News and Tribune

January 29, 2013

BEAM: When the princess is really a pauper

By AMANDA BEAM

— A good tiara is hard to find. Not that I haven’t located one, the British armory just refuses to allow me to wear it despite my illustrious credentials. 

How Fergie — who sold out to Weight Watchers and an undercover journalist — could be entrusted with the jewels but not me boggles the ol’ noggin.

Oh, bother. I didn’t want to announce this in such a way. Trumpets should be blown and proclamations decreed, but alas the official correspondence arranging for both must have been lost in the mail along with my Publishers Clearinghouse winnings and book deals with well-known publishers.

You see, I descend from royalty. Grade A royalty at that, a Scottish King to be precise. No need to curtsy or bow, although if you seek my favor, presenting a gift of Taco Bell before my gilded La-Z-Boy might be advisable. No onions, please.

Knowledge of my noble ancestors only came to light a few weeks ago. I’ve been researching my lineage through a paid Internet service in order to gain membership to the local Piankeshaw Chapter of the Daughters of the American Revolution. 

Starting out as a desire to wear old period costumes, my quest quickly mutated in to a full out olden-days obsession. I can’t get enough. What great grandparents have I not discovered? Do they stir in their graves or look down from heaven when their forgotten names have been spoken after so long a silence?

As the Carl Sagan saying goes, you have to know the past to understand the present. DNA from these forefathers and mothers still replicate in my genes. Understanding their history, struggles and all, should help with the understanding of my own life, right?

So I chipped away at the hardened coat of neglected memories. As I started to delve further down the rabbit hole, I quickly realized that most all my ancestors are Kentuckians, many having arrived 200 years ago when Native Americans still owned the frontier. Being a proud Indiana alum, my stomach churned at the thought.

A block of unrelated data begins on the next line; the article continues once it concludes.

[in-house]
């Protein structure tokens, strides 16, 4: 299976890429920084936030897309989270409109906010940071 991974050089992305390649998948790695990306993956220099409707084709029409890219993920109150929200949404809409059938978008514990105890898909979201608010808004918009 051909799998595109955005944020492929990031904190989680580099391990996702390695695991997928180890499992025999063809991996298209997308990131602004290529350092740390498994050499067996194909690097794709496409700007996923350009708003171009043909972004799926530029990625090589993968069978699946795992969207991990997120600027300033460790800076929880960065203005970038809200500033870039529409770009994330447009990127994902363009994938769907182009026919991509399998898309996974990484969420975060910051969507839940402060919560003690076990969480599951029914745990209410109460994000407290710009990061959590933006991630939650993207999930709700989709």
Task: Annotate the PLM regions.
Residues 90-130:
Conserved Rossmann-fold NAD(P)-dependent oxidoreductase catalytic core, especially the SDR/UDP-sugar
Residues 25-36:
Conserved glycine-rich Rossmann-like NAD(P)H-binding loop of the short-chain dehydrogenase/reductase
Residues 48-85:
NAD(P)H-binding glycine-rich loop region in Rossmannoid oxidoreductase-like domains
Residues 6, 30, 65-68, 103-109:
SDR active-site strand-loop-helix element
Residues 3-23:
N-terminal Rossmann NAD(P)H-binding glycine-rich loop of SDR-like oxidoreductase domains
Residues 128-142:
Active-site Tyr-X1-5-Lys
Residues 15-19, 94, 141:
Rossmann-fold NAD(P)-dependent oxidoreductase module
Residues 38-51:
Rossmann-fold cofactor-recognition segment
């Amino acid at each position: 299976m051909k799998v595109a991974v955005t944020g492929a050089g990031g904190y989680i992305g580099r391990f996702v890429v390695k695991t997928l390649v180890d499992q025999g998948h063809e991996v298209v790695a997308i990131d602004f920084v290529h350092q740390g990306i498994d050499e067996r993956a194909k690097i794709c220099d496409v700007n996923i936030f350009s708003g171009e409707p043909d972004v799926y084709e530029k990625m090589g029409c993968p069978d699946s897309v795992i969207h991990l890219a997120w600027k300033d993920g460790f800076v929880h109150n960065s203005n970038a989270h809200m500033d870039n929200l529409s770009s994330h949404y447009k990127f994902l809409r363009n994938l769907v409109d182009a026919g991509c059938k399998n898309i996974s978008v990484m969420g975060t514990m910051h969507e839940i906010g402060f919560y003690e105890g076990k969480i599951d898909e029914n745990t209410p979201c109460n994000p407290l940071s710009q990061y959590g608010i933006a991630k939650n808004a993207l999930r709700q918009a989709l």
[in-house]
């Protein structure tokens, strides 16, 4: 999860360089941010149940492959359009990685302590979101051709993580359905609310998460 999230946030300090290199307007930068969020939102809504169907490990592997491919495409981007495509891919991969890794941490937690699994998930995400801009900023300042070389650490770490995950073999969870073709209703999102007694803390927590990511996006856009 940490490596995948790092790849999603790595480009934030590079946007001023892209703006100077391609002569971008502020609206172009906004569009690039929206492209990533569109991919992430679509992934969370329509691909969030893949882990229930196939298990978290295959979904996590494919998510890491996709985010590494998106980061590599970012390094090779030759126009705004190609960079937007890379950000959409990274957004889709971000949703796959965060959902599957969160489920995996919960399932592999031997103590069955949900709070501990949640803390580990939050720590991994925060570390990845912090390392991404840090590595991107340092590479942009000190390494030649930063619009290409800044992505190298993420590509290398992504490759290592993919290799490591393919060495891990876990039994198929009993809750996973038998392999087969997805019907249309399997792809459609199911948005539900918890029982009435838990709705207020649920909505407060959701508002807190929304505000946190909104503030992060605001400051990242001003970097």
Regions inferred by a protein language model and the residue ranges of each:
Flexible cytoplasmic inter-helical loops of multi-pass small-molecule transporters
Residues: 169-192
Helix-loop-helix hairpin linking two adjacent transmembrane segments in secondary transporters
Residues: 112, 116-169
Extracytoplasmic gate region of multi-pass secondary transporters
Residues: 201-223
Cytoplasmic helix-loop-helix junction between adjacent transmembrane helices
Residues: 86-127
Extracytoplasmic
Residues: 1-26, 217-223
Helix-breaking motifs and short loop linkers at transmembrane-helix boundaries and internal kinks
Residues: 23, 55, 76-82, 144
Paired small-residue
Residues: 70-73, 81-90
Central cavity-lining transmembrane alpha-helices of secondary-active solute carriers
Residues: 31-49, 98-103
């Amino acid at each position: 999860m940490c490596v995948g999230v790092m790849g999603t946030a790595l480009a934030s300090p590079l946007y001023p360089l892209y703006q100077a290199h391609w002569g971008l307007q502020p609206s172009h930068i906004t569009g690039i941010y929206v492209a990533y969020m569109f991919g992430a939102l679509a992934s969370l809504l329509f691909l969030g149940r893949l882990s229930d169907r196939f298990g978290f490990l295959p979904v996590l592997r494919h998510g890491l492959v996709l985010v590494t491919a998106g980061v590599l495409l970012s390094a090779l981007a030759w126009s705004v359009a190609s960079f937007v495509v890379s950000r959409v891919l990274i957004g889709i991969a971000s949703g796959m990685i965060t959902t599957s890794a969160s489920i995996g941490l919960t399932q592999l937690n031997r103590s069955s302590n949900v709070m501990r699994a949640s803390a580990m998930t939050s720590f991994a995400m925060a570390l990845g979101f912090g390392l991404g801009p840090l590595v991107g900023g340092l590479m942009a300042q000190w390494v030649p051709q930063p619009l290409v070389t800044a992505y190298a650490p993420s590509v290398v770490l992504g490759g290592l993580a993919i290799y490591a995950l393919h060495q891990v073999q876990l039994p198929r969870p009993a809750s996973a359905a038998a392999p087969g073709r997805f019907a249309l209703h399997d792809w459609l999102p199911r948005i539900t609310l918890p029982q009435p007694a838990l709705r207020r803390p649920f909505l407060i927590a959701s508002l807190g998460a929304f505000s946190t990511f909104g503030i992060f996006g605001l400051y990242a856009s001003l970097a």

Hoosiers, especially ones who love IU basketball, feel some conflict when confronted with reality of bluegrass blossoming around the family stump. I reminded myself of that Christian Watford buzzer beater and, with a reassured smile, I moved forward in my search for the past.

And what a past I’ve found. Stories of American Revolutionaries, two of which were German immigrants fighting for independence of a new, unfamiliar nation. Tales about European grandfathers helping to found the New Amsterdam colony. French and Irish and Norwegian settlers traversing the turbulent seas during the 1600s, looking for better opportunities and a freer existence. History reads like a storybook, and even we unknowingly continue to write its pages.

Looking through the centuries, I came upon my gallant lineage quite by accident. Through my paternal grandmother’s line, going back 14 generations, my distant grandfather was King James the IV of Scotland. In fact, two of my direct ancestors were actually cousins, so the branches of my family tree twist and intertwine, bad for genetic variance but a blessing for lazy genealogical researchers. 

But here’s the rub. Great-to-the-14th grandma wasn’t married to the king. Isabel was his mistress, one of four. My old Scottish papa liked to spread enough seed to germinate a family forest. His illegitimate daughter and my great-to-the-zillionth grandmother, Lady Jane Stewart, married Lord Malcom Fleming, the line from which I descended. While accompanying her half niece, Mary Queen of Scots, she also sparked a relationship with Henry II of France and bore him an illegitimate son. 

That apple obviously didn’t fall far from the sultry tree.

Most Americans who claim royal pedigree actually are predominantly descended from these imperial affairs. Illegitimate children were not of high enough status to marry other princes and princesses, so they wedded lesser nobles instead. Through the years, the line flourished until eventually it produced stellar girls like me who grew up wearing off-brand sneakers and working at fast-food joints. 

Tracing back King James IV’s parentage, I also found out that Robert the Bruce of “Braveheart” fame and King Edward III are direct kin. It seems, from a royal genetic standpoint, I’m nothing special. Research indicates millions of Americans are descendants of Eddy, an incredibly fertile and obviously frisky king. Poor Prince Harry is tame in comparison. 

At present, my declaration of royalty has done me no favors. My husband refused to acknowledge my aristocratic blood, and my dainty hands that yearn to twitch a haughty wave at her subjects are instead relegated to scrubbing the only thrones in our house, several porcelain ones. 

But I now know where I come from. Mechanics and coal miners. Farmers and teachers. Soldiers and peacemakers. And, yes, even nobility. Sloshing the mop around the last dirty spot on the kitchen floor, I wonder if my body will shift under the hardened ground when my future descendants call out this old writer’s forgotten name. As long as the crown stays atop my bony brow, I’ll remain in peace. 

— Amanda Beam is a Floyd County resident and Jeffersonville native. Contact her by email at hoosiermandyblog@gmail.com